“The fund that I got from UNDP was about 40,000 US dollars, and I used it to purchase an extruder and a hydraulic presser that is helping in producing more bricks. This has increased our production capacity from recycling 1000-1500 tons of plastics per day to 2500-3000 tons. The good thing is that, this has controlled the amount of smoke we emit into the environment”, Nelson narrated.

The metalic drum being used by Nelplast to produce the bricks and pavements before the UNDP funding.

The extruder purchased with the UNDP fund.

The hydraulic presser purchased with the UNDP fund.

Today, Nelson keeps improving on the technology and now produces pavement tiles, and lego bricks. He also trains people on how to fix the pavement tiles and lego bricks and builds beautiful houses with these lego bricks made from plastics.

Workers of Nelplast fixing the pavement blocks produced with plastic waste.

Nelson with the lego bricks Nelplast produced with plastic waste.

His company has also created employment for about 364 individuals out of which 300 are waste pickers and 64 are factory workers. Augustina is among the 64 factory workers in the factory and shapes the bricks after it has been molded from the hydraulic presser.

“The job has been very good since I started 8 years ago and so far, so good. I earn a good income which is taking care of myself, my 2 children and 2 other siblings.” Augustina Yeboah, an employee at Nelplast recounted.

Augustina removing pavement blocks made with plastic waste from a water cooler for shaping.

Nelson with his workers in the plastic recycling factory.

Nelplast currently has 25 clients and the monthly return on investment, according to Nelson is ploughed back into the business. Though he said this is good, he also noted this can be better if the company gets more clients, investors, and partners to expand.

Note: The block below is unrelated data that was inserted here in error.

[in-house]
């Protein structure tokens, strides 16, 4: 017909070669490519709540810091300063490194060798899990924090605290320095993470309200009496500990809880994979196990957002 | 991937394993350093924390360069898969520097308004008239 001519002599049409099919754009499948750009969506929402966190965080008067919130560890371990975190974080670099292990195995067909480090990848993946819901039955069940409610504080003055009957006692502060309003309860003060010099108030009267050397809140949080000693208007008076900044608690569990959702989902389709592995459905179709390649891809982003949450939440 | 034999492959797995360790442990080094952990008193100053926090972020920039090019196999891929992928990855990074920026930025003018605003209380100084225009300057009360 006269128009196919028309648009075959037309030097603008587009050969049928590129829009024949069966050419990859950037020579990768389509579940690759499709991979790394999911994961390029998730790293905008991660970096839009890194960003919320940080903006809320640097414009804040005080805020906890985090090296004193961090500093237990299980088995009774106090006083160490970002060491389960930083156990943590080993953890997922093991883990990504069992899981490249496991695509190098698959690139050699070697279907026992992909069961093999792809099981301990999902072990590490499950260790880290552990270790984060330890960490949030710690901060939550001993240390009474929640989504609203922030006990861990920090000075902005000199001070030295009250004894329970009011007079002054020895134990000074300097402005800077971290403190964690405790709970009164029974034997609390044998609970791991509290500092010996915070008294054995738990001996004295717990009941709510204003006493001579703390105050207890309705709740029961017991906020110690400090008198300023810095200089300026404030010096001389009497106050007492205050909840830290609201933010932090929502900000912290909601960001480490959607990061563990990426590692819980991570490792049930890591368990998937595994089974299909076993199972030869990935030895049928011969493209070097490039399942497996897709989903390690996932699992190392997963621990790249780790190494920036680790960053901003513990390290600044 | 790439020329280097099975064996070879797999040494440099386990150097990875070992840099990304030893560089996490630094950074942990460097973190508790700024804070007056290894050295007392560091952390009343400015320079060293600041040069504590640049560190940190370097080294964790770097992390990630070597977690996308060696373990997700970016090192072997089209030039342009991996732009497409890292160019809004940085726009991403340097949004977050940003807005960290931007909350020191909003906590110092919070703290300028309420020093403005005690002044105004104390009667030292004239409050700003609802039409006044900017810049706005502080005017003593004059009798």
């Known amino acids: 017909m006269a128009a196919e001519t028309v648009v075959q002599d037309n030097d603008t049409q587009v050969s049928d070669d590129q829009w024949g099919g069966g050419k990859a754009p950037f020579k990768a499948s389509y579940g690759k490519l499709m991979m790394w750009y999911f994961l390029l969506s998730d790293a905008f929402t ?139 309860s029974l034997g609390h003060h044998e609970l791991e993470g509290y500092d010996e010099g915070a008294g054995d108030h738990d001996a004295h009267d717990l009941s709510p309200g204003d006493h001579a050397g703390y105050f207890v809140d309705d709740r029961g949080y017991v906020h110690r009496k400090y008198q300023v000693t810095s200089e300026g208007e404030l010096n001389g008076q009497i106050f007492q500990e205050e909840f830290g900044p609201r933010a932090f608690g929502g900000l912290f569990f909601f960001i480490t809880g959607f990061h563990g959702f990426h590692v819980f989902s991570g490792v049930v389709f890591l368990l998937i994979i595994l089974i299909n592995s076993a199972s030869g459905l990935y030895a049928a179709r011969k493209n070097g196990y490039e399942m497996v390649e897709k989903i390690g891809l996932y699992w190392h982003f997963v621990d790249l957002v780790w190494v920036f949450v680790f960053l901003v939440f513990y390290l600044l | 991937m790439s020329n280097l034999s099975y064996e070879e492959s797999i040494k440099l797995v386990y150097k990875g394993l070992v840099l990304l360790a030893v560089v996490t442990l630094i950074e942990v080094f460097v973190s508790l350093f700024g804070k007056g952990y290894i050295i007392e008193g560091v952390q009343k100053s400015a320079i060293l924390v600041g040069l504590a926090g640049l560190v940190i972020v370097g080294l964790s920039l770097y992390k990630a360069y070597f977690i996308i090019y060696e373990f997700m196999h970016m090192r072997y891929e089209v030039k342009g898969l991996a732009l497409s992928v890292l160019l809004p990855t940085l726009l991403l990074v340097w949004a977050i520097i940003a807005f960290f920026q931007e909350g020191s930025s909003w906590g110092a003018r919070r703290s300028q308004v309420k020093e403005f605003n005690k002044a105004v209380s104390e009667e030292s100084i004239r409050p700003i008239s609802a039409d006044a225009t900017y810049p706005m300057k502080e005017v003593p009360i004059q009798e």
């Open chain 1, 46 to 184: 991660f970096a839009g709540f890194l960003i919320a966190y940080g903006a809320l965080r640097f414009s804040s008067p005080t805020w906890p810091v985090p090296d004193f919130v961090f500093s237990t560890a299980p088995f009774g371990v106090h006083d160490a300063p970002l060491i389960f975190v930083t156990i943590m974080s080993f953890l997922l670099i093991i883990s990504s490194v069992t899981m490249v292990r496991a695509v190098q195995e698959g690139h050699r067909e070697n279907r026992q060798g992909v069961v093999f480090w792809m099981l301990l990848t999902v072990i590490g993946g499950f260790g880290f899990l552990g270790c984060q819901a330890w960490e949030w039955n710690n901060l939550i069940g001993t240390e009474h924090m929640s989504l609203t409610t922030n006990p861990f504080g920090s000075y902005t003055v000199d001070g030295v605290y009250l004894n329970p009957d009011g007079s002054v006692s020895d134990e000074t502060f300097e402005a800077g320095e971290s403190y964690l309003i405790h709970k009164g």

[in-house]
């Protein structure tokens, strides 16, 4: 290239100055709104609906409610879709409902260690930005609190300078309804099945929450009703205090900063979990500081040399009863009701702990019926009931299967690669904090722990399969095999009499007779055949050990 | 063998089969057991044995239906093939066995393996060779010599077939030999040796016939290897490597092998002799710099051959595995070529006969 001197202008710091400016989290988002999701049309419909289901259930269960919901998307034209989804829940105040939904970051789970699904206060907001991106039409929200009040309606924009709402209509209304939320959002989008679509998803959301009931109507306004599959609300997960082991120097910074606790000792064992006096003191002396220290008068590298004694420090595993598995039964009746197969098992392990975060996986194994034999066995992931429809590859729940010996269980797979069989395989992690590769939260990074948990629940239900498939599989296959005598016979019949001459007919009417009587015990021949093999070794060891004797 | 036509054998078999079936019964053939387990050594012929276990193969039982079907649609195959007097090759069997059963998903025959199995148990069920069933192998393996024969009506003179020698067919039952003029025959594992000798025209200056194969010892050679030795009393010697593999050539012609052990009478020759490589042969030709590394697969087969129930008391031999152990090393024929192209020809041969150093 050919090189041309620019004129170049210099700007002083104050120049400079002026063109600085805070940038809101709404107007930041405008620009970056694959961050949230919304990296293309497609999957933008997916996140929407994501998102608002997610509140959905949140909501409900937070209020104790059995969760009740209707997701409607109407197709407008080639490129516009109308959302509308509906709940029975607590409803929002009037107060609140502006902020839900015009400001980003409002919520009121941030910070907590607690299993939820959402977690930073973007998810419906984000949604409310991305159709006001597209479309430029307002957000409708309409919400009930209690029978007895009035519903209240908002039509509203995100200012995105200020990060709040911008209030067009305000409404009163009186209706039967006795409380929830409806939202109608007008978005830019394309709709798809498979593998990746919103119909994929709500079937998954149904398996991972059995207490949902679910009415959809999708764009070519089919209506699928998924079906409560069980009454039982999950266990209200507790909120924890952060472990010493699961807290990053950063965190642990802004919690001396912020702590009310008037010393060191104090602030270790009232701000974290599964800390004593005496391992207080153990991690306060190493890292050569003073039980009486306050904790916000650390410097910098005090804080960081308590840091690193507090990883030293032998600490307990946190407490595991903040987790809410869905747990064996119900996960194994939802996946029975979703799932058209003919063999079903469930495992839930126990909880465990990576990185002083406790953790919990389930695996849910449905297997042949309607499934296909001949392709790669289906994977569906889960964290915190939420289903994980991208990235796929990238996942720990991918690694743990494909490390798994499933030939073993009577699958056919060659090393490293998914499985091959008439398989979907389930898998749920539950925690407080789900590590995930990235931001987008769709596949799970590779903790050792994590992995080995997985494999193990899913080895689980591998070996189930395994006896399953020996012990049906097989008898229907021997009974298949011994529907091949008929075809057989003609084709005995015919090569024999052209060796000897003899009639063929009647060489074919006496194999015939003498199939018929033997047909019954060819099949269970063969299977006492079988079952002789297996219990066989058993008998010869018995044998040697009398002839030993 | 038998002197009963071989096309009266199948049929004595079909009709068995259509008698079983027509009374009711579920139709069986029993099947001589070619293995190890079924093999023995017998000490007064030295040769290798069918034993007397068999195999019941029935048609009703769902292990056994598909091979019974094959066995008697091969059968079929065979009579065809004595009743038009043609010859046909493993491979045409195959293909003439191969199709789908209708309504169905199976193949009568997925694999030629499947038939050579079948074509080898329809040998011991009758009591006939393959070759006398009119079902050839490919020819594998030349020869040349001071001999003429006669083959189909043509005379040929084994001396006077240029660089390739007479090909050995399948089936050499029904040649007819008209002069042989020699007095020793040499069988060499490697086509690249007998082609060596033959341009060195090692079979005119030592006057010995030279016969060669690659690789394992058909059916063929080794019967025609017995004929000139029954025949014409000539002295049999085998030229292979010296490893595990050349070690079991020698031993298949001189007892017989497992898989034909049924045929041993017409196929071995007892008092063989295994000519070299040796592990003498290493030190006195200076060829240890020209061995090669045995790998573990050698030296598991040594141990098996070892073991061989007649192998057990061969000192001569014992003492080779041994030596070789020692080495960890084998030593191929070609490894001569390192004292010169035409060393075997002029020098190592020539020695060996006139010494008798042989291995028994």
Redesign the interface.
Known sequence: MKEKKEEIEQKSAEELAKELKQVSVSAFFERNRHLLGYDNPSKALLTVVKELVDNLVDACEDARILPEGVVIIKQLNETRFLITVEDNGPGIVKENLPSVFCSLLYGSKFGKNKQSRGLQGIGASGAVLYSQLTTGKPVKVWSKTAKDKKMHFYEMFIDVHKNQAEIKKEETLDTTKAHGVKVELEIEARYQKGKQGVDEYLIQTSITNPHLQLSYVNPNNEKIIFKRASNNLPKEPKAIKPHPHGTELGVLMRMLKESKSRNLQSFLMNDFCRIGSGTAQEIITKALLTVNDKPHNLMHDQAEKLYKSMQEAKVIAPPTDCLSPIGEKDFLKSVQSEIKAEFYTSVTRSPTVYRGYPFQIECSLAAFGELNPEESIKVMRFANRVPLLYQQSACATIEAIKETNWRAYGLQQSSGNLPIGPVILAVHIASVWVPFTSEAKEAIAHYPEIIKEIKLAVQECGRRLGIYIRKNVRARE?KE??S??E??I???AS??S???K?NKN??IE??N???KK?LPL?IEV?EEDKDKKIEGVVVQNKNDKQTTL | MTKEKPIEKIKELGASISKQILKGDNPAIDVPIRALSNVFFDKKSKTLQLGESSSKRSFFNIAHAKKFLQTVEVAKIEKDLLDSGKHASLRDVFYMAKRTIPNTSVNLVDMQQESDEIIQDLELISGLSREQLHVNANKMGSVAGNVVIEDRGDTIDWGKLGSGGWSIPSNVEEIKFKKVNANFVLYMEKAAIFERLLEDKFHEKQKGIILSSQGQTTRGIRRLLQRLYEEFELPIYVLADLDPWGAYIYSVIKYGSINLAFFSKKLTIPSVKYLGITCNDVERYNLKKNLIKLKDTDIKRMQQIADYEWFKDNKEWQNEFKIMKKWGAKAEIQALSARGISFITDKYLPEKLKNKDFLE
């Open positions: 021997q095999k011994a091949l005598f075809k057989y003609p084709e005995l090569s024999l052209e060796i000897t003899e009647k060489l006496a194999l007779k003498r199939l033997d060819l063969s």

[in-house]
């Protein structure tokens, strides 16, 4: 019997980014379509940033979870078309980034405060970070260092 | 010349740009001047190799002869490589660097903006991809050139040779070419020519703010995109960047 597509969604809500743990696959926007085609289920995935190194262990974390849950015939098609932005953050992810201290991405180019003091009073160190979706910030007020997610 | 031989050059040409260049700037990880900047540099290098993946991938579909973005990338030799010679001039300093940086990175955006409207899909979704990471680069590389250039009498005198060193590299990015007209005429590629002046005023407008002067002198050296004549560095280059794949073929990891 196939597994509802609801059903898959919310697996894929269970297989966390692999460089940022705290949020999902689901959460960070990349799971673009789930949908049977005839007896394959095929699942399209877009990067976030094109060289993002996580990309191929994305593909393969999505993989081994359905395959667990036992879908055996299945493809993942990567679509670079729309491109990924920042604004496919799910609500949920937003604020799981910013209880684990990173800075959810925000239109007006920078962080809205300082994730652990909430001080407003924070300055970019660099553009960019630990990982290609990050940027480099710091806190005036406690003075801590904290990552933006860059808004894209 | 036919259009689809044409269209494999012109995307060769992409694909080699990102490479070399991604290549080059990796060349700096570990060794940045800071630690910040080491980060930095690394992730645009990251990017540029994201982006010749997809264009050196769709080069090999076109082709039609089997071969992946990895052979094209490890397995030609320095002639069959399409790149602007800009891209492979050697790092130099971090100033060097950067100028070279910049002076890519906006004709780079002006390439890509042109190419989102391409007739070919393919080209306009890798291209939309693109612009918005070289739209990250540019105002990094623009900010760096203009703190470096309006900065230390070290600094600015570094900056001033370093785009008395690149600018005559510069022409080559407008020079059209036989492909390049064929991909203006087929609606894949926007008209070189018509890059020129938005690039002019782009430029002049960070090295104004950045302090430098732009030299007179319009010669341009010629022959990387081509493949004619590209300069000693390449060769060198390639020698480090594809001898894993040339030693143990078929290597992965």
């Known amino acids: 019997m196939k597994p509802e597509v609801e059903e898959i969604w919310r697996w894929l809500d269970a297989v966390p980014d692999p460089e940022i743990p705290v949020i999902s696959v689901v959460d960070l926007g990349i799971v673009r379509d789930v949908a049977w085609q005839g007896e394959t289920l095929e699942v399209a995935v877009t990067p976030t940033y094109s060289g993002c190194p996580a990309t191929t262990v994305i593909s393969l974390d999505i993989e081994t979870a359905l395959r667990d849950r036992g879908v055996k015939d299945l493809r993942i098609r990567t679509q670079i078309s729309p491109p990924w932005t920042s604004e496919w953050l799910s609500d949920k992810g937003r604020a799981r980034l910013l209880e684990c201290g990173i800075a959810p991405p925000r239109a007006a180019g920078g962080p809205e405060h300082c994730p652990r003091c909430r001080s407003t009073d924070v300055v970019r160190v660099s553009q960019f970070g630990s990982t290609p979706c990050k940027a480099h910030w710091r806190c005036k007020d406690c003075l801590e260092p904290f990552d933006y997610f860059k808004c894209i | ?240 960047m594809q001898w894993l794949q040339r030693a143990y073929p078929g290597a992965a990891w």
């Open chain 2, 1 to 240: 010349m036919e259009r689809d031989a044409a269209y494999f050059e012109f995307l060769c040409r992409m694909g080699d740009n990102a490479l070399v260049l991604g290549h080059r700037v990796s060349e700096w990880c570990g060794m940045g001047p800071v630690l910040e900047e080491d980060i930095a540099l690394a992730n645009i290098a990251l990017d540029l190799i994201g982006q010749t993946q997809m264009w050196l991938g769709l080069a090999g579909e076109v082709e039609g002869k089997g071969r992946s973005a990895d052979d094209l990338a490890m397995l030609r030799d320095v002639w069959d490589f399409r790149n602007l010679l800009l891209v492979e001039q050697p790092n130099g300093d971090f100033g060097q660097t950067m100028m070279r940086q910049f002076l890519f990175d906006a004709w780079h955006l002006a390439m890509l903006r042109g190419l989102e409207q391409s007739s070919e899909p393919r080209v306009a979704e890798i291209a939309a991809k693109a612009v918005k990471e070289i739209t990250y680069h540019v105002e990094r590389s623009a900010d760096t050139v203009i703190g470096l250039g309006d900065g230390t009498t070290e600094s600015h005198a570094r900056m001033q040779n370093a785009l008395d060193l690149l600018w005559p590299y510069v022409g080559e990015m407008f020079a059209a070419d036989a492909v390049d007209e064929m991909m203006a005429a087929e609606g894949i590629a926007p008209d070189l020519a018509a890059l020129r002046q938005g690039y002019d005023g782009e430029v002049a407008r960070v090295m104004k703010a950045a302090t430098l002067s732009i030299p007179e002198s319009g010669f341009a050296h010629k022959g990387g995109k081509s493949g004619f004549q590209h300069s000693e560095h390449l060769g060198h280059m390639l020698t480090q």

The remaining investment opportunities

The 300 waste pickers that work with Nelplast collect about 20,000 tons of plastic daily. Out of this, Nelson and his team are only able to recycle about 3000 tons per day, and the remaining 17,000 tons are mostly not recycled, making it difficult to take more plastics the next day.

“We need 2 million dollars to be able to recycle the 20,000 tons of waste collected daily but high interest rate from the banks will collapse the business. We also need Government to patronize the plastic houses by involving us in its affordable housing projects. Just last week, the Minister of Housing visited us, so we are hoping for a good outcome”, Nelson added.

The costs of inaction on the global plastic pollution is high and more partnerships with organizations like Nelplast, who are taking action to recycle, and reuse plastic waste will contribute to efforts to ‘beat’ plastic pollution. For Nelson, getting more investors and partners to expand means more plastics will be taken from the environment, schools under trees and housing deficits will be eliminated. This he described as “taking one problem to solve three problems” and addressing these challenges will definitely contribute to the achievement of the Sustainable Development Goals (SDGs).          

Plastic pellets used by Nelplast in producing the lego bricks and pavement blocks.

Sachet water plastics

The plastic house with plastic pavements on the compound.

The plastic house kitchen.

Interior view of Nelson's plastic house.

UNDP Team with Nelson.

Footnote: Story by Praise Nutakor, Ernestina Ocansey and Catherine Adodoadji-Dogbe, all at UNDP Ghana.